Rights of a Father When He Is Not Married

Unwed father with his child
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If you find yourself, intentionally or unintentionally, an unwed father, there are some things you need to know and do as you prepare to take on your role. In many cases, parents are in a committed relationship but are unmarried. In other circumstances, children grow up without a father living in their home. In either situation, unwed fathers may not know enough about the legal rights they have with their child.

There is an upward trend of unwed fathers and cohabitating non-married couples in general. According to the Centers for Disease Control and Prevention (CDC), 40% of all births in the U.S. are to unmarried women.

Establishing Paternity

In family law across the United States, if a married couple has a baby, the legal presumption is that the husband in that family is the father of the baby. But when a child is born outside of marriage, there is no legal presumption of paternity. Without establishing paternity, an unwed father has no legal standing as it relates to visitation, shared custody or the ability to make decisions about the welfare of the child.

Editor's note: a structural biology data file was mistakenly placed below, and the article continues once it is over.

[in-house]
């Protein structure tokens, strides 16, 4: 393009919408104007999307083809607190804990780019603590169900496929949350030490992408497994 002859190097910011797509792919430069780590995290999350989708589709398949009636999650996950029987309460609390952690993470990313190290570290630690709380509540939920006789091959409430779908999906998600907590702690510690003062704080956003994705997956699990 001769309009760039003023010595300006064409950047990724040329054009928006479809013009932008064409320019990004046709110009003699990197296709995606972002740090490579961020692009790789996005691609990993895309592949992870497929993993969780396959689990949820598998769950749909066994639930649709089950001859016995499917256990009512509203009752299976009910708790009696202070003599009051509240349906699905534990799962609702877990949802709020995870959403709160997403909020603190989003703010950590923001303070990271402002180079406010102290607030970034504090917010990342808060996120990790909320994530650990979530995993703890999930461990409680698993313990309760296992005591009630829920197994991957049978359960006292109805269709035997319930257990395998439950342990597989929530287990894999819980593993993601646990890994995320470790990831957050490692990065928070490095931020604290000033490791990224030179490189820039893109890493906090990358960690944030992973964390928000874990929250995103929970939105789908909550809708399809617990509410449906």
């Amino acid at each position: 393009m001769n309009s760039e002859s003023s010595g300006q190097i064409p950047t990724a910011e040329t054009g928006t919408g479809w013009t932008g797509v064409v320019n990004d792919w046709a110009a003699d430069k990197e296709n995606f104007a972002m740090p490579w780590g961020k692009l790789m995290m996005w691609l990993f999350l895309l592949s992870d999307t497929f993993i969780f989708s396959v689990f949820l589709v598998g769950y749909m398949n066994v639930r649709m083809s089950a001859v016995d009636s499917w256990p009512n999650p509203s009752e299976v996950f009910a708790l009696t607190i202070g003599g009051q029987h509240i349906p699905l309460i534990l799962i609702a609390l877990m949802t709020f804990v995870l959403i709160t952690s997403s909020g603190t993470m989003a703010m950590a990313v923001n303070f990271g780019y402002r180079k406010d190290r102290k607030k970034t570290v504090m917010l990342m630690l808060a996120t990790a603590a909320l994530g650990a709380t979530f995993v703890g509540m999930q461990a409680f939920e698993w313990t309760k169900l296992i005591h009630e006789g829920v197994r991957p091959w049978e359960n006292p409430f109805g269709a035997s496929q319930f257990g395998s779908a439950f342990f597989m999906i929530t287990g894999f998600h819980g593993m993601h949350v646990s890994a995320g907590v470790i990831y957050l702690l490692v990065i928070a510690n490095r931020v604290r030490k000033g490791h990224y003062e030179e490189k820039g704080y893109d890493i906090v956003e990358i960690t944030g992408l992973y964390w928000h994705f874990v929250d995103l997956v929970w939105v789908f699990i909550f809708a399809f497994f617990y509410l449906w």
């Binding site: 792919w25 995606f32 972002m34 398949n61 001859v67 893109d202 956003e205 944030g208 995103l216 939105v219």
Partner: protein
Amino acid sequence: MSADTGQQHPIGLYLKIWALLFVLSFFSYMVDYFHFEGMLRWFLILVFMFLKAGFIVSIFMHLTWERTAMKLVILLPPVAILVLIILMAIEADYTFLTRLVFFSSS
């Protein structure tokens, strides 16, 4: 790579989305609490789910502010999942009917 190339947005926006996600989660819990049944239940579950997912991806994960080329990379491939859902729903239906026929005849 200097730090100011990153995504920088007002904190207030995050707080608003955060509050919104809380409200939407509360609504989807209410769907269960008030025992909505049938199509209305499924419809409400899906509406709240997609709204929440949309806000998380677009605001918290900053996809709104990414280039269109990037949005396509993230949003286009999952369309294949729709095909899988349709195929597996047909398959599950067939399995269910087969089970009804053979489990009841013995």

The simplest way to establish paternity is to make sure that the father's name is on the baby's birth certificate. Being with the mother at the hospital when the baby is born and helping her fill out the birth certificate forms is the least complicated way. If that is not possible, an unwed father can complete a Voluntary Acknowledgment of Paternity form.

If the mother contests the father's paternity, he can contact a government agency like the Child Support Enforcement Division in his state, or he can petition the court to establish his paternity. The unwed father will need to take a paternity test (for which a court may order the mother's cooperation) to establish his parental status.

If the father's state has a paternity registry, he should get on it immediately after he becomes aware of the mother's pregnancy. As of 2017, 25 U.S. states have a paternity registry.